This business began when a group of engineers, who would meet regularly to swap invention ideas, decided for protective measures to incorporate. On September 13, 1978 the group incorporated in New York State. However,
it wasn’t until 1982 that the firm hired its first full-time employees, as that was the year the four founders secured a significant amount of venture capital. It was also the year the firm developed and began marketing a microprocessor-based motion controller for controlling servomotors in automation applications for general purpose. The first products offered were single-axis motion controllers based on Intel microprocessors.
For the next 15 years, these Rochester-based engineers introduced new products as often as they could with very little competition. But by 1996, foreign competitors had invaded the market in grand fashion.
Over the next few years competitive pressures continued to mount, making every sale harder to win. European presence strengthened, and rapid advancement of technology was becoming more than the firm could handle. Another rapidly advancing development that is still powerful today, is one manufacturer being the prime producer and integrator of a project.
Management knew the firm must maintain a presence in the industry with product development a key priority, but they didn’t have the expertise to handle all of the challenges required to grow the business.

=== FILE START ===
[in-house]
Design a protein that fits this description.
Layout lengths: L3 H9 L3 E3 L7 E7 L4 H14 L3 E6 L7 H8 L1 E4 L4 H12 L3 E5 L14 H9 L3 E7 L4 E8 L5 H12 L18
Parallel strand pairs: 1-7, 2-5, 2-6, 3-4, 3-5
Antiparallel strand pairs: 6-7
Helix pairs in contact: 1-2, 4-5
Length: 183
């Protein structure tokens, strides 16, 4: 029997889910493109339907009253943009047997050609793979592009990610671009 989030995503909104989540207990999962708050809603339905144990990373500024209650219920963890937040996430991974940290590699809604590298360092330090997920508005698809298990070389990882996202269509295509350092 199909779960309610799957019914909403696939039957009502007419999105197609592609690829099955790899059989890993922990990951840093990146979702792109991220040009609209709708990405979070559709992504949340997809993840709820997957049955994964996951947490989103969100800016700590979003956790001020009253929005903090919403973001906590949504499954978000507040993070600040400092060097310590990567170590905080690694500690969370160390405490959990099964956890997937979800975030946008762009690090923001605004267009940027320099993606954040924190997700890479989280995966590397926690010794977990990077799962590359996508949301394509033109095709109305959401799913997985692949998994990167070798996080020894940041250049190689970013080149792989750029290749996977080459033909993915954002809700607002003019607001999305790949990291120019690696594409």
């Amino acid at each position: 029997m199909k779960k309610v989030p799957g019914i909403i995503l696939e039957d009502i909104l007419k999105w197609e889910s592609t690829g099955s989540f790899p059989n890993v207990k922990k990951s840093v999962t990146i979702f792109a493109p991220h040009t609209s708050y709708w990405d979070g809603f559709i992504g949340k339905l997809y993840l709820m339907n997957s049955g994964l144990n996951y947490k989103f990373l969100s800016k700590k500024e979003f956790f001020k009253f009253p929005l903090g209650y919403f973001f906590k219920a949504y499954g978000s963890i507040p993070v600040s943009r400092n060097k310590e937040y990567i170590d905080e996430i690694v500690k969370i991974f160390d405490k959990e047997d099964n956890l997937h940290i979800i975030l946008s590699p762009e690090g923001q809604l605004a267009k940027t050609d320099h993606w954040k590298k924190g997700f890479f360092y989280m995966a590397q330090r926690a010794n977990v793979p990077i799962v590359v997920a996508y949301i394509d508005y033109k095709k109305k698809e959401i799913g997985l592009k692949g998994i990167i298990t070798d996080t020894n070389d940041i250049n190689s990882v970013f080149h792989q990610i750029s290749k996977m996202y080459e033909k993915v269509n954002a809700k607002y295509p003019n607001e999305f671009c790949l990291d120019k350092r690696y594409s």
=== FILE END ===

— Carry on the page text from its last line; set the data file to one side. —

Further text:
The TAAC performed a diagnostic of the firm’s operations, which concluded the firm must develop ways to improve externally in order to compete more effectively.
The recovery strategy focused on the firm's ability to market and sell its products in different parts of the World that are closed to the firm because of the specific standards required by these countries; specifically CE designation. This strategy was selected because many macro forecasters and industry experts projected little-to-no relief from the litany of factors that have decimated the firm’s current domestic markets. Consequently, the firm looked to penetrate selected foreign (mainly European) markets initially for the incremental revenue to offset domestic losses. And for the long-term the firm looked to expand total sales revenue as domestic markets recover.
The strategy called for the firm’s products to be labeled with the CE Mark. The CE designation tells millions of European consumers the manufacturer, no matter the location, has subjected the product to a variety of tests and the product meets stringent health, safety, and environmental regulations
The firm has gained a number of things from this successfully completed project. First and foremost, all products being offered now meet the stringent electrical and mechanical code and have passed rigid testing of the units. Now, anywhere in the world the firm is selling its units, the customer will have the assurance that it has been thoroughly assembled and tested meeting the CE requirements signified by the attached CE Mark.
European markets, once closed, are now open to the firm to sell its products. The firm has begun attending a number of key European trade shows to aggressively start the selling process. The outcome from these shows has been tremendous.